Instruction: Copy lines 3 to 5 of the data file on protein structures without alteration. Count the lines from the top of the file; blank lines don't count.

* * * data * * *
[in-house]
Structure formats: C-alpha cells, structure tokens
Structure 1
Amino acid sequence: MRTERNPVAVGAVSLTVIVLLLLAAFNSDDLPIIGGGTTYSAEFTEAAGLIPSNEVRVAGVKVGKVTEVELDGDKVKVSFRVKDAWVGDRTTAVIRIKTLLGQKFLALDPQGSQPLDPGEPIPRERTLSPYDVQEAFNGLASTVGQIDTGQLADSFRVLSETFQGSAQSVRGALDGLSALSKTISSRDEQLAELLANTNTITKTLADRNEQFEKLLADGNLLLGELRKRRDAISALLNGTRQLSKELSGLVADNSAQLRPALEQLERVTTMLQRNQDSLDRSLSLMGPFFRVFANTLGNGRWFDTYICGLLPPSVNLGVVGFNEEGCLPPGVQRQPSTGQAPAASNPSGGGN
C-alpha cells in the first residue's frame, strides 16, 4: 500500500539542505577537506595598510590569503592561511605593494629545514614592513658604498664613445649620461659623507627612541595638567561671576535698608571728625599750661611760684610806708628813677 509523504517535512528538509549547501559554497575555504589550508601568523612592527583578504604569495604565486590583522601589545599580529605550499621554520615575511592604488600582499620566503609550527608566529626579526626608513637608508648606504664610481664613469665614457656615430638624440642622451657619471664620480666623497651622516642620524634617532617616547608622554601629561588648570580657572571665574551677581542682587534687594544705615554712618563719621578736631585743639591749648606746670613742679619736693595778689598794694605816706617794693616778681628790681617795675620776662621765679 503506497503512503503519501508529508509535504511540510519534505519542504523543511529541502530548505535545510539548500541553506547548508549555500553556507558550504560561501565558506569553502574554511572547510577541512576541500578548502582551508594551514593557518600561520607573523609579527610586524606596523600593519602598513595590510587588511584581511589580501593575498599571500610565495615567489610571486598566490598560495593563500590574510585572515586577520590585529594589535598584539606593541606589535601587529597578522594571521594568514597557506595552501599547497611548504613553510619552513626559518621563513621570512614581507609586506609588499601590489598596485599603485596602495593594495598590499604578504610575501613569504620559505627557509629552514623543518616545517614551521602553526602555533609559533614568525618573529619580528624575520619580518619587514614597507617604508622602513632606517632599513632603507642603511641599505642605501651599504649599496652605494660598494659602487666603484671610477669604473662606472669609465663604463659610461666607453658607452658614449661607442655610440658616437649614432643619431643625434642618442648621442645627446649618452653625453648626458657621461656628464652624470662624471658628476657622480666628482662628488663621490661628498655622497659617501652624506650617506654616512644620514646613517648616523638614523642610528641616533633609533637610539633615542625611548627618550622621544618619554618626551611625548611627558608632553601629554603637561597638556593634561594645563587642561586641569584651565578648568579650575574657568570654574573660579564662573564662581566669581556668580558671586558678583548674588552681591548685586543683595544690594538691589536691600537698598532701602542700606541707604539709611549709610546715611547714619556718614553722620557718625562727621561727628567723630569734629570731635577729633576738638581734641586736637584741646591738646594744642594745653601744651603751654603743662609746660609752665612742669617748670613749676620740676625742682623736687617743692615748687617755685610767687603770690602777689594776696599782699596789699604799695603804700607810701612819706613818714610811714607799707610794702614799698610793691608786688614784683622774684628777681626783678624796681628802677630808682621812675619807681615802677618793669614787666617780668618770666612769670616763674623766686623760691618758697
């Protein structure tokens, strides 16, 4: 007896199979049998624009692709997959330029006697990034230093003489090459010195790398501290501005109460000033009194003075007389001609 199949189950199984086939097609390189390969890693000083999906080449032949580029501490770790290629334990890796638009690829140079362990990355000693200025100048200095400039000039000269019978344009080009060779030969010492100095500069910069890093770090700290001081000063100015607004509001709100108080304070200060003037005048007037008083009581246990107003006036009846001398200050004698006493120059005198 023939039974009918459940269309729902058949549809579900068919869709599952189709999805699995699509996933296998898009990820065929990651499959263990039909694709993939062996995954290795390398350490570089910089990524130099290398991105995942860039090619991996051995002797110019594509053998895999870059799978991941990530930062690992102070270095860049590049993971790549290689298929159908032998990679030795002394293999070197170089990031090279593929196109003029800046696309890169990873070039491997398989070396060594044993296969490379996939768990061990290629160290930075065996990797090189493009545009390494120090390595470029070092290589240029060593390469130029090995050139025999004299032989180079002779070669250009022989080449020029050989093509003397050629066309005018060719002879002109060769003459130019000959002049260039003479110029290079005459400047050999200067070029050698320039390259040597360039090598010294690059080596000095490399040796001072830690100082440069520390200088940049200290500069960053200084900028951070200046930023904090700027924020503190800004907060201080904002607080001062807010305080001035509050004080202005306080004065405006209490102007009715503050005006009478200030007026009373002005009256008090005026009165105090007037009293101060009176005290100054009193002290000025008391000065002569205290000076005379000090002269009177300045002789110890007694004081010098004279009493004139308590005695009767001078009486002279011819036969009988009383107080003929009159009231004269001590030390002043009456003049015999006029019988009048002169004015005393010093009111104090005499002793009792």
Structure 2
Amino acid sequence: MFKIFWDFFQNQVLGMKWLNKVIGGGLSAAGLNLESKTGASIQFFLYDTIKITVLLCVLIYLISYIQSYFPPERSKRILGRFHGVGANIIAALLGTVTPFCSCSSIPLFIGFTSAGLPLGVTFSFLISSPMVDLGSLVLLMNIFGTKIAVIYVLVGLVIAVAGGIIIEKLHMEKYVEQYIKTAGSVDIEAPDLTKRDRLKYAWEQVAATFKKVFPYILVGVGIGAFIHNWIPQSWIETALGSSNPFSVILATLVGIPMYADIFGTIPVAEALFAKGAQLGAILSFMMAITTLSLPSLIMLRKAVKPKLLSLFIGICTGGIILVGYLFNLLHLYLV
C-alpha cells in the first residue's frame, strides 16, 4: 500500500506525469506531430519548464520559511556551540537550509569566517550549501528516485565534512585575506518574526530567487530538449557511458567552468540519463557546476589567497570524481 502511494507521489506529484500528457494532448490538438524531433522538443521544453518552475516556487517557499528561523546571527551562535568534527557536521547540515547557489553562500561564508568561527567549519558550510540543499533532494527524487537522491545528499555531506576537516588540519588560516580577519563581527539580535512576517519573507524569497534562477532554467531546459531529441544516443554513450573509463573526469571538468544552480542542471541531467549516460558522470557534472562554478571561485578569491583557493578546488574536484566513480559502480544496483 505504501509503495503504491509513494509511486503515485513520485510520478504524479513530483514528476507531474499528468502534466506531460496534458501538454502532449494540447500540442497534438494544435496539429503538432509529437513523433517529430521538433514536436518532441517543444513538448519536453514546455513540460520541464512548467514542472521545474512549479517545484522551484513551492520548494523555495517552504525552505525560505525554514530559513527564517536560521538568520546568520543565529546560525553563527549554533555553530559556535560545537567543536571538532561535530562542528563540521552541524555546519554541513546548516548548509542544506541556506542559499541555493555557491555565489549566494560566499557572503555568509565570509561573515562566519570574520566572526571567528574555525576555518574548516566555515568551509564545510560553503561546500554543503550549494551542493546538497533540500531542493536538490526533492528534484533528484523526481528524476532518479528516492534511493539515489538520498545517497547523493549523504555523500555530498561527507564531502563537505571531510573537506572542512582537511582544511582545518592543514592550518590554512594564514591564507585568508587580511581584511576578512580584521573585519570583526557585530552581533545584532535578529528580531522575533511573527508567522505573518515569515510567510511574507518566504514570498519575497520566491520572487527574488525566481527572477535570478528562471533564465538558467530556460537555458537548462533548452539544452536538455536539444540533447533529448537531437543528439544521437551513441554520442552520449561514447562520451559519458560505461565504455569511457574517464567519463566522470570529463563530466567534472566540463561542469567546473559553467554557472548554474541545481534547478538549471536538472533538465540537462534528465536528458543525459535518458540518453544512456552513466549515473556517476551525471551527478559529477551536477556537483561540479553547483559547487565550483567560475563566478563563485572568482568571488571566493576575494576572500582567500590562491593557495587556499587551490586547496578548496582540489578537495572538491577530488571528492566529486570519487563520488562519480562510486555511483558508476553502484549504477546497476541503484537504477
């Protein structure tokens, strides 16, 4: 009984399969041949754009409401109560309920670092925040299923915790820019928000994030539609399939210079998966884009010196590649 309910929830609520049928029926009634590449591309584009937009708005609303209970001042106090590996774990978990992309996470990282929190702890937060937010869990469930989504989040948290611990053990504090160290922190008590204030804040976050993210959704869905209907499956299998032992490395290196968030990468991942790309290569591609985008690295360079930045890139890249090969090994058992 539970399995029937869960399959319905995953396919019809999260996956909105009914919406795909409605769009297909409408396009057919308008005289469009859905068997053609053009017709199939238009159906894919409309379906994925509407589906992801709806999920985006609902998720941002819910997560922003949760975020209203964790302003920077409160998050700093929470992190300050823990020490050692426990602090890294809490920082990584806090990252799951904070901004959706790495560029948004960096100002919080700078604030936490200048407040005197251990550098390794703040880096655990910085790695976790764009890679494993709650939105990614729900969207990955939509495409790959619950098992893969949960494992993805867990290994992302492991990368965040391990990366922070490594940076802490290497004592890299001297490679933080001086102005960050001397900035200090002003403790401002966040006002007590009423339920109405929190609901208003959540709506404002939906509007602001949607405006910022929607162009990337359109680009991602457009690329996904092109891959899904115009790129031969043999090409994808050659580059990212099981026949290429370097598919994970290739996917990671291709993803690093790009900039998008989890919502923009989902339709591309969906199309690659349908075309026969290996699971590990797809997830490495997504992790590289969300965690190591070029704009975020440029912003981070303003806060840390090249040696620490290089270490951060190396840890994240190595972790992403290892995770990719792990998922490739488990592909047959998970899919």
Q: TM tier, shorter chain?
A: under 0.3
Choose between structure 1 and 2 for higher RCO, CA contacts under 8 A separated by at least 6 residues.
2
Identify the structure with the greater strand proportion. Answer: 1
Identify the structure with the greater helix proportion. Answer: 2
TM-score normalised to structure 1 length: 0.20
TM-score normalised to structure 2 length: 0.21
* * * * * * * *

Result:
Structure 1
Amino acid sequence: MRTERNPVAVGAVSLTVIVLLLLAAFNSDDLPIIGGGTTYSAEFTEAAGLIPSNEVRVAGVKVGKVTEVELDGDKVKVSFRVKDAWVGDRTTAVIRIKTLLGQKFLALDPQGSQPLDPGEPIPRERTLSPYDVQEAFNGLASTVGQIDTGQLADSFRVLSETFQGSAQSVRGALDGLSALSKTISSRDEQLAELLANTNTITKTLADRNEQFEKLLADGNLLLGELRKRRDAISALLNGTRQLSKELSGLVADNSAQLRPALEQLERVTTMLQRNQDSLDRSLSLMGPFFRVFANTLGNGRWFDTYICGLLPPSVNLGVVGFNEEGCLPPGVQRQPSTGQAPAASNPSGGGN
C-alpha cells in the first residue's frame, strides 16, 4: 500500500539542505577537506595598510590569503592561511605593494629545514614592513658604498664613445649620461659623507627612541595638567561671576535698608571728625599750661611760684610806708628813677 509523504517535512528538509549547501559554497575555504589550508601568523612592527583578504604569495604565486590583522601589545599580529605550499621554520615575511592604488600582499620566503609550527608566529626579526626608513637608508648606504664610481664613469665614457656615430638624440642622451657619471664620480666623497651622516642620524634617532617616547608622554601629561588648570580657572571665574551677581542682587534687594544705615554712618563719621578736631585743639591749648606746670613742679619736693595778689598794694605816706617794693616778681628790681617795675620776662621765679 503506497503512503503519501508529508509535504511540510519534505519542504523543511529541502530548505535545510539548500541553506547548508549555500553556507558550504560561501565558506569553502574554511572547510577541512576541500578548502582551508594551514593557518600561520607573523609579527610586524606596523600593519602598513595590510587588511584581511589580501593575498599571500610565495615567489610571486598566490598560495593563500590574510585572515586577520590585529594589535598584539606593541606589535601587529597578522594571521594568514597557506595552501599547497611548504613553510619552513626559518621563513621570512614581507609586506609588499601590489598596485599603485596602495593594495598590499604578504610575501613569504620559505627557509629552514623543518616545517614551521602553526602555533609559533614568525618573529619580528624575520619580518619587514614597507617604508622602513632606517632599513632603507642603511641599505642605501651599504649599496652605494660598494659602487666603484671610477669604473662606472669609465663604463659610461666607453658607452658614449661607442655610440658616437649614432643619431643625434642618442648621442645627446649618452653625453648626458657621461656628464652624470662624471658628476657622480666628482662628488663621490661628498655622497659617501652624506650617506654616512644620514646613517648616523638614523642610528641616533633609533637610539633615542625611548627618550622621544618619554618626551611625548611627558608632553601629554603637561597638556593634561594645563587642561586641569584651565578648568579650575574657568570654574573660579564662573564662581566669581556668580558671586558678583548674588552681591548685586543683595544690594538691589536691600537698598532701602542700606541707604539709611549709610546715611547714619556718614553722620557718625562727621561727628567723630569734629570731635577729633576738638581734641586736637584741646591738646594744642594745653601744651603751654603743662609746660609752665612742669617748670613749676620740676625742682623736687617743692615748687617755685610767687603770690602777689594776696599782699596789699604799695603804700607810701612819706613818714610811714607799707610794702614799698610793691608786688614784683622774684628777681626783678624796681628802677630808682621812675619807681615802677618793669614787666617780668618770666612769670616763674623766686623760691618758697